Factors Influencing Young Women's Preparedness for Their First Pelvic Examination

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Abstract

OBJECTIVE:

To understand factors contributing to women's level of preparedness for their first pelvic examination.

METHODS:

We conducted semistructured interviews with young women, aged 18–24 years, who had undergone at least one pelvic examination. This analysis explored 1) gynecologic and health care experience before the first pelvic examination, 2) preprocedure expectations and concerns, and 3) preprocedure knowledge about the examination. Interviews were transcribed and computer-assisted content analysis was performed; salient themes are presented.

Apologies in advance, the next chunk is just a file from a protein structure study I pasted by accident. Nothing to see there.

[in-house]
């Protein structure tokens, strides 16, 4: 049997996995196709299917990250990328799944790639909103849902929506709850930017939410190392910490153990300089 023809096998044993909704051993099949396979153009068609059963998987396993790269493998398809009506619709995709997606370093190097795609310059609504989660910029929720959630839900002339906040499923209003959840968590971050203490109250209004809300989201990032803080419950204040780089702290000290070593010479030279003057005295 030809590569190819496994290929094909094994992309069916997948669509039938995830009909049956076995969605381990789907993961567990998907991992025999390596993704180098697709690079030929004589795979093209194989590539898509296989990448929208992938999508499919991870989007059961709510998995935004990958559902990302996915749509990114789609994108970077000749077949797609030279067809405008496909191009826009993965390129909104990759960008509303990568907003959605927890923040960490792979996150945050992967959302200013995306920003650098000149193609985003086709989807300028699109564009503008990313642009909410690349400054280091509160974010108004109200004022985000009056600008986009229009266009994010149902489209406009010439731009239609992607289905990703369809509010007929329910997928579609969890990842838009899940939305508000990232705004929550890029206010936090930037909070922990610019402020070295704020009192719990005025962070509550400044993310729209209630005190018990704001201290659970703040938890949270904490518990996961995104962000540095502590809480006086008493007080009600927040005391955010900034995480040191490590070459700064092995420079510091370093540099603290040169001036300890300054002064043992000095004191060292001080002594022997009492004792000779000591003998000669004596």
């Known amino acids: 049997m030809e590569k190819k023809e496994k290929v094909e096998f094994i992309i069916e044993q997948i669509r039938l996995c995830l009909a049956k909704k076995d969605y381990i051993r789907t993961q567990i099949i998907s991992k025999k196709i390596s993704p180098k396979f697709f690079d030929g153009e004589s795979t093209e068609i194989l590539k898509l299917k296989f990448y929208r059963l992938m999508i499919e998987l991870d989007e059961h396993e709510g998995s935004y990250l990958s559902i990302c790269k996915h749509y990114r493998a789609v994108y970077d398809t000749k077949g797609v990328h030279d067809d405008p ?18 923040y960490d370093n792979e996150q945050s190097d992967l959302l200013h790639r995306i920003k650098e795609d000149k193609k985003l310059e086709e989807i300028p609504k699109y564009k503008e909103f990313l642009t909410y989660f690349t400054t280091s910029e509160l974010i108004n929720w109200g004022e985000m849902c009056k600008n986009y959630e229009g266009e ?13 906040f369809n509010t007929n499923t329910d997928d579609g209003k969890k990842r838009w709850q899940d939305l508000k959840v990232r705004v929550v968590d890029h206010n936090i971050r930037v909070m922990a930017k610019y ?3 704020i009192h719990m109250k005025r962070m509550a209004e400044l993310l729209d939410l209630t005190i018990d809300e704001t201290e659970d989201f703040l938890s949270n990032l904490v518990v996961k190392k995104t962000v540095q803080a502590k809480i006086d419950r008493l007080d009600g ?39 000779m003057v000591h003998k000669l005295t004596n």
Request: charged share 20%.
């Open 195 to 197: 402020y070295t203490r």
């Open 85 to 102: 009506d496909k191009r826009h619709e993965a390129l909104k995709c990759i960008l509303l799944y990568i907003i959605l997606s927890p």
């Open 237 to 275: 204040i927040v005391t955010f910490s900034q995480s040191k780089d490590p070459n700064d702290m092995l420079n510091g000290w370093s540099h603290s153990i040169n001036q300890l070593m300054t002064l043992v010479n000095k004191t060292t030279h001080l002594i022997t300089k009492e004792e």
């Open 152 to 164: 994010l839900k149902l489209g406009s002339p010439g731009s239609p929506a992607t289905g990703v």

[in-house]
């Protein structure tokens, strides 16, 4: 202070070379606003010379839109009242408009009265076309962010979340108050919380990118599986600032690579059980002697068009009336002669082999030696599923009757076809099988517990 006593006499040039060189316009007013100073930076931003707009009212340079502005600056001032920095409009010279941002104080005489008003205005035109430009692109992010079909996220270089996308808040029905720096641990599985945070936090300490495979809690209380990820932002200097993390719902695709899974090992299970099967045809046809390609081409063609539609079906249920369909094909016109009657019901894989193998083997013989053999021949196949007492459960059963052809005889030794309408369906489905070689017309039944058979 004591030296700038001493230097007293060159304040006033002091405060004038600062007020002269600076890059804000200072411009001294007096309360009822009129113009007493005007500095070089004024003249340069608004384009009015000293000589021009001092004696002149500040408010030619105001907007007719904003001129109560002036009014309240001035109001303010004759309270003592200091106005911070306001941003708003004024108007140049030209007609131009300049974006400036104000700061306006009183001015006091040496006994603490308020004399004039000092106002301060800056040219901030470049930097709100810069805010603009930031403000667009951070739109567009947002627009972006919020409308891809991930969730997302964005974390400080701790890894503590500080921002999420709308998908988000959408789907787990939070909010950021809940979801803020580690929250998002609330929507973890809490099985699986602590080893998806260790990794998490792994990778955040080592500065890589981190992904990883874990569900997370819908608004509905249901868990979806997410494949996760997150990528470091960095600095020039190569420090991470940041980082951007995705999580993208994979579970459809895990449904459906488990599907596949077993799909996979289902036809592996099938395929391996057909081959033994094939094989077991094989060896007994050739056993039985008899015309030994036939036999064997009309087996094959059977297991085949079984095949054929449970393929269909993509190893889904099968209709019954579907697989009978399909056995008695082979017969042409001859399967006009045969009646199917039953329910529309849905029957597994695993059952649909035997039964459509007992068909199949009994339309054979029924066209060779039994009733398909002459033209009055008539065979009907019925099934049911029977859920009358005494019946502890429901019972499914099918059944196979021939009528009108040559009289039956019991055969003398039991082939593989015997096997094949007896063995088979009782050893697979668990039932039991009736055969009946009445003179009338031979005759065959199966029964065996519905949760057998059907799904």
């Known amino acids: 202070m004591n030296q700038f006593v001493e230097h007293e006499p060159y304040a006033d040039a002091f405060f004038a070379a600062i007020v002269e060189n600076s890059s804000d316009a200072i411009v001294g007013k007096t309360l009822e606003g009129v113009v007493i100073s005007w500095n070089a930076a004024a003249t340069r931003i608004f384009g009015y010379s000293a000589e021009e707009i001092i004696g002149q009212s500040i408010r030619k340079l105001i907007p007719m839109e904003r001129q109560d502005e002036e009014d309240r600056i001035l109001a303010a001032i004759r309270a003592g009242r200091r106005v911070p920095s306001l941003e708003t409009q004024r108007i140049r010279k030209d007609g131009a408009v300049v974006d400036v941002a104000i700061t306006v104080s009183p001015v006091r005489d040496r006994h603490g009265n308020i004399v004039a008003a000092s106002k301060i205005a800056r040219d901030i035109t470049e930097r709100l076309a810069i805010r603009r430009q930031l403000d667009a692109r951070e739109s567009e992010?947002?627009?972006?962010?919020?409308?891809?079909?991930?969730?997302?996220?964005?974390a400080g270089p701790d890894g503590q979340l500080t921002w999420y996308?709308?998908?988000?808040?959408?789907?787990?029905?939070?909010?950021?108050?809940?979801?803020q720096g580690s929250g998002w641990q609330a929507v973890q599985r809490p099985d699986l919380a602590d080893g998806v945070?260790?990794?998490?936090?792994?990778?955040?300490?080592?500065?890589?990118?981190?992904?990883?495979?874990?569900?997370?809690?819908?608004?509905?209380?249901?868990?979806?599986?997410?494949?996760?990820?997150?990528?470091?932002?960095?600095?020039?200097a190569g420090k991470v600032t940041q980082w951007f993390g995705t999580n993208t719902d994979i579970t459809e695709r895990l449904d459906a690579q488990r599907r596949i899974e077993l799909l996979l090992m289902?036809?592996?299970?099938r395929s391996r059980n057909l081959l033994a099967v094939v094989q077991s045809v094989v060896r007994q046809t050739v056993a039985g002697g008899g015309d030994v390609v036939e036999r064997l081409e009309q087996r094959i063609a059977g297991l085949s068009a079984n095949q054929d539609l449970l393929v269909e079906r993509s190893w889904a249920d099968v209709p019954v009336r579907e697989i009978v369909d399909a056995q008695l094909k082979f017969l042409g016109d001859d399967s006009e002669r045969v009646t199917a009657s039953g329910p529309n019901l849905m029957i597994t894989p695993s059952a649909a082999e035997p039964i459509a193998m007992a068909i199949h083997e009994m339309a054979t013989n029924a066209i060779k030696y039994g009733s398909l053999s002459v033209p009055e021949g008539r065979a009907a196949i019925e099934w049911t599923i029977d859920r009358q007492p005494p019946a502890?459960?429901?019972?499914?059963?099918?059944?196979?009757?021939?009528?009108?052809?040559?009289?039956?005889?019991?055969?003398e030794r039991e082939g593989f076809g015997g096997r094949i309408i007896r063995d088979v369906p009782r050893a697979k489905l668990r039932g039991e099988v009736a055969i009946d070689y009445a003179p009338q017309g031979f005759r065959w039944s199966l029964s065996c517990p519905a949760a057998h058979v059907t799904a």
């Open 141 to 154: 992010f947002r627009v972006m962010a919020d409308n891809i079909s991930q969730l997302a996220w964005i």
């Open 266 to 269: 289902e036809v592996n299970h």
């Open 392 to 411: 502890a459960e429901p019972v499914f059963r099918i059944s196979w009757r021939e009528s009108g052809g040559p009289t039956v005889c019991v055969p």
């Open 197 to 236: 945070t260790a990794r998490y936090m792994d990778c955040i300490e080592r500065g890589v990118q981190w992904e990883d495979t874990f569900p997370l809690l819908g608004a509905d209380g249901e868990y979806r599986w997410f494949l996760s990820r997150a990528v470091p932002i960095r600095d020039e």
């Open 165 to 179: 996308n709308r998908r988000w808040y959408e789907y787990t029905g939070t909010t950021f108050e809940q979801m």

RESULTS:

Thirty women completed interviews. Thirteen women described feeling poorly prepared for their first pelvic examination and 17 women described feeling prepared for the examination. Factors influencing women's level of preparedness for their first pelvic examination included 1) age at first examination, 2) pre-examination knowledge of the examination, 3) medical trust or mistrust, 4) overall comfort with one's body, and 5) prior sexual experiences and trauma.

CONCLUSION:

Preparedness for the first pelvic examination emerges as a subjective concept shaped and determined by the interplay of many factors. Although some factors such as age and personal sexual and reproductive health history may not be modifiable by clinical practice, other factors, including information that young women receive before experiencing their first pelvic examination, may be modifiable by clinical practice.

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